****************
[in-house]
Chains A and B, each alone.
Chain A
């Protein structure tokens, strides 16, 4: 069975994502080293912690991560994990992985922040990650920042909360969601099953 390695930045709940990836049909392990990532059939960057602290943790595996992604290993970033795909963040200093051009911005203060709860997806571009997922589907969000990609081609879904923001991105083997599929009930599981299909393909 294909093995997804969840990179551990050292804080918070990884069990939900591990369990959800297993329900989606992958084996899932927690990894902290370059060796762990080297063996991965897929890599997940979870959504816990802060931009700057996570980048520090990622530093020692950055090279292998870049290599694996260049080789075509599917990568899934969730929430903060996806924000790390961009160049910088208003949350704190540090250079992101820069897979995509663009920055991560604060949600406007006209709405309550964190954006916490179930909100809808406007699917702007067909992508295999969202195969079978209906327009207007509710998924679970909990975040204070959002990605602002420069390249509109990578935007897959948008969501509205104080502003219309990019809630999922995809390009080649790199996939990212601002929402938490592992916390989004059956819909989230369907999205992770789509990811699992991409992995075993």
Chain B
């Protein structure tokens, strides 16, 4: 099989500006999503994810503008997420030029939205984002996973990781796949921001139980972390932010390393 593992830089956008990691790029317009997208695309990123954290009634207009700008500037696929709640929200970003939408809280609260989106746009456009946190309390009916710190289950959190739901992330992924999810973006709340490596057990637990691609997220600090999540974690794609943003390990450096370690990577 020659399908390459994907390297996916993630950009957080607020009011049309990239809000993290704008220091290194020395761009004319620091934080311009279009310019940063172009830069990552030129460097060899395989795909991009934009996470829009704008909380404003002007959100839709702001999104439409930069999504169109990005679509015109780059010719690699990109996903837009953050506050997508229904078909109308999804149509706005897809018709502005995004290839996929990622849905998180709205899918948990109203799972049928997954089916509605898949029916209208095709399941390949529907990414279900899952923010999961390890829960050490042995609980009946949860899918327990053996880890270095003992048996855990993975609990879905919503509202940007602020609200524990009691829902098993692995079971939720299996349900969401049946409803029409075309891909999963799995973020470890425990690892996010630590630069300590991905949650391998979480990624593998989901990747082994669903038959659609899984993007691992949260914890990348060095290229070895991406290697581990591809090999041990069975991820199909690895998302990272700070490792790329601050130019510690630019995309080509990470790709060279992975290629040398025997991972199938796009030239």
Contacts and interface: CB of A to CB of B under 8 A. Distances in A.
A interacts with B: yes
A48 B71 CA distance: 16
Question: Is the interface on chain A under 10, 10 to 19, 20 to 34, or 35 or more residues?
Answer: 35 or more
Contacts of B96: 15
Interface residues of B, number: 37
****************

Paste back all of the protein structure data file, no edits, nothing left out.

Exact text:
[in-house]
Chains A and B, each alone.
Chain A
């Protein structure tokens, strides 16, 4: 069975994502080293912690991560994990992985922040990650920042909360969601099953 390695930045709940990836049909392990990532059939960057602290943790595996992604290993970033795909963040200093051009911005203060709860997806571009997922589907969000990609081609879904923001991105083997599929009930599981299909393909 294909093995997804969840990179551990050292804080918070990884069990939900591990369990959800297993329900989606992958084996899932927690990894902290370059060796762990080297063996991965897929890599997940979870959504816990802060931009700057996570980048520090990622530093020692950055090279292998870049290599694996260049080789075509599917990568899934969730929430903060996806924000790390961009160049910088208003949350704190540090250079992101820069897979995509663009920055991560604060949600406007006209709405309550964190954006916490179930909100809808406007699917702007067909992508295999969202195969079978209906327009207007509710998924679970909990975040204070959002990605602002420069390249509109990578935007897959948008969501509205104080502003219309990019809630999922995809390009080649790199996939990212601002929402938490592992916390989004059956819909989230369907999205992770789509990811699992991409992995075993």
Chain B
């Protein structure tokens, strides 16, 4: 099989500006999503994810503008997420030029939205984002996973990781796949921001139980972390932010390393 593992830089956008990691790029317009997208695309990123954290009634207009700008500037696929709640929200970003939408809280609260989106746009456009946190309390009916710190289950959190739901992330992924999810973006709340490596057990637990691609997220600090999540974690794609943003390990450096370690990577 020659399908390459994907390297996916993630950009957080607020009011049309990239809000993290704008220091290194020395761009004319620091934080311009279009310019940063172009830069990552030129460097060899395989795909991009934009996470829009704008909380404003002007959100839709702001999104439409930069999504169109990005679509015109780059010719690699990109996903837009953050506050997508229904078909109308999804149509706005897809018709502005995004290839996929990622849905998180709205899918948990109203799972049928997954089916509605898949029916209208095709399941390949529907990414279900899952923010999961390890829960050490042995609980009946949860899918327990053996880890270095003992048996855990993975609990879905919503509202940007602020609200524990009691829902098993692995079971939720299996349900969401049946409803029409075309891909999963799995973020470890425990690892996010630590630069300590991905949650391998979480990624593998989901990747082994669903038959659609899984993007691992949260914890990348060095290229070895991406290697581990591809090999041990069975991820199909690895998302990272700070490792790329601050130019510690630019995309080509990470790709060279992975290629040398025997991972199938796009030239």
Contacts and interface: CB of A to CB of B under 8 A. Distances in A.
A interacts with B: yes
A48 B71 CA distance: 16
Question: Is the interface on chain A under 10, 10 to 19, 20 to 34, or 35 or more residues?
Answer: 35 or more
Contacts of B96: 15
Interface residues of B, number: 37